Could Forced Sterilization Still be Legal in the US?

Written by Leita Powers

Whistleblower Complaint Alleging Forced Sterilization in ICE Detention Center

Dawn Wooten is a nurse who worked in Ocilla, Georgia at the Irwin County Detention Center, which houses up to 1,200 immigrants detained by Immigration and Customs Enforcement (ICE). Ms. Wooten was demoted from a full-time nurse to an “as needed” nurse which she believes was punishment for asking “hard questions” about the safety procedures and health care protocols at the Irwin County Detention Center.

Project South, other legal groups, and Ms. Wooten filed a 27-page complaint with the Inspector General, Office for Civil Rights and Liberties, ICE, and the Warden of the Irwin County Detention Center on September 14, 2020. While Ms. Wooten’s concerns and the complaint focus primarily on the substandard COVID-19 precautions, the complaint also raises flags about the “rate at which hysterectomies–the surgical removal of the uterus–are performed on immigrant women detained at the facility.” The concerns include that these procedures were being done without the patients’ understanding and consent because of misinformation and language barriers. Further, there are allegations that sterilizing procedures were performed even when they were not medically necessary.

According to the complaint, a detained immigrant told Project South that she personally talked to five women at the facility who received hysterectomies between October and December 2019. The complaint further alleges that one particular gynecologist at Irwin County Hospital, Dr. Mahendra Amin, performs the majority of the procedures ranging from hysterectomies to tubal ligation. A top medical official with ICE disputed these claims in a statement explaining that agency data shows only two women have been referred for hysterectomies from Irwin County detention since 2018. Associated Press reported that more females detained by ICE have stepped forward and alleged that there were surgical procedures performed on them without their informed consent, the report also stated that it was unable to substantiate the mass hysterectomies alleged at the detention center.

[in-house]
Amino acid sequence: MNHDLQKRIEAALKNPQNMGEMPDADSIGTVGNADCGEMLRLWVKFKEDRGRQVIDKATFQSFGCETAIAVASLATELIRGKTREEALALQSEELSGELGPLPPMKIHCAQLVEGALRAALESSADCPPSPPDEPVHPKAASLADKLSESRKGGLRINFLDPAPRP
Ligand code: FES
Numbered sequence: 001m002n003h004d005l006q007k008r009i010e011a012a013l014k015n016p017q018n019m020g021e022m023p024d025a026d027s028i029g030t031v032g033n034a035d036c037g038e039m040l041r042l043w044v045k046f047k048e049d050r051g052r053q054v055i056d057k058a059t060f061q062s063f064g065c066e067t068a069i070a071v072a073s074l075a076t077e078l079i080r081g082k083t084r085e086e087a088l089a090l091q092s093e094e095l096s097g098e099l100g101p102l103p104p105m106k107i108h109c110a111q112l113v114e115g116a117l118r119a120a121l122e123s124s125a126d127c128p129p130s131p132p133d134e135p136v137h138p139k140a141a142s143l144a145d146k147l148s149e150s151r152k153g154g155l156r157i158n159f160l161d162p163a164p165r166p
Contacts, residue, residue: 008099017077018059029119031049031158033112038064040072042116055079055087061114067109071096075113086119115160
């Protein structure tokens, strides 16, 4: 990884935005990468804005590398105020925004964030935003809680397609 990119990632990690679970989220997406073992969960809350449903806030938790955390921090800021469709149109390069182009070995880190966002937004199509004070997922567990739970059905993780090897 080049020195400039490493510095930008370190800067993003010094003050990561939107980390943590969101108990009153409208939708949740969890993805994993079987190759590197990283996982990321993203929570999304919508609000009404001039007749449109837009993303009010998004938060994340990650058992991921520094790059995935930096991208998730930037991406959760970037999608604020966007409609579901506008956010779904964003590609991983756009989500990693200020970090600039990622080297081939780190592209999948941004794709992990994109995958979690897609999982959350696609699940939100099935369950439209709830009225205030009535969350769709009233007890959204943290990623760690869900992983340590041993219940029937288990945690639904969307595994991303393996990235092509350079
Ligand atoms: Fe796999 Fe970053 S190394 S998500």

“Three generations of imbeciles are enough”

That is the infamous line by Justice Holmes in the 1927 Supreme Court case Buck v. Bell. Which resulted in the Court affirming the involuntary sterilization of Ms. Buck, a young woman deemed “feeble-minded.”  The decision upheld a Virginia statute that provided for the sexual sterilization of individuals in state supported institutions who are “found to be afflicted with a hereditary form of insanity or imbecility.” The Supreme Court rejected arguments that forced sterilization violated either the Eighth Amendment (cruel and unusual punishment) or the Fourteenth Amendment (equal protection).

Justice Wendell Holmes, Jr., stated “it is better for all the world, if instead of waiting to execute degenerate offspring for crime, or let them starve for their imbecility, society can prevent those who are manifestly unfit from breeding their kind.” This decision held Virginia’s statute constitutional and allowed for sterilization in males by vasectomy or in females by salpingectomy (surgical removal of one or both fallopian tubes) as long as it could be performed without “serious pain or substantial danger to life” and the proper procedural process is followed.  This Supreme Court case has never been overturned.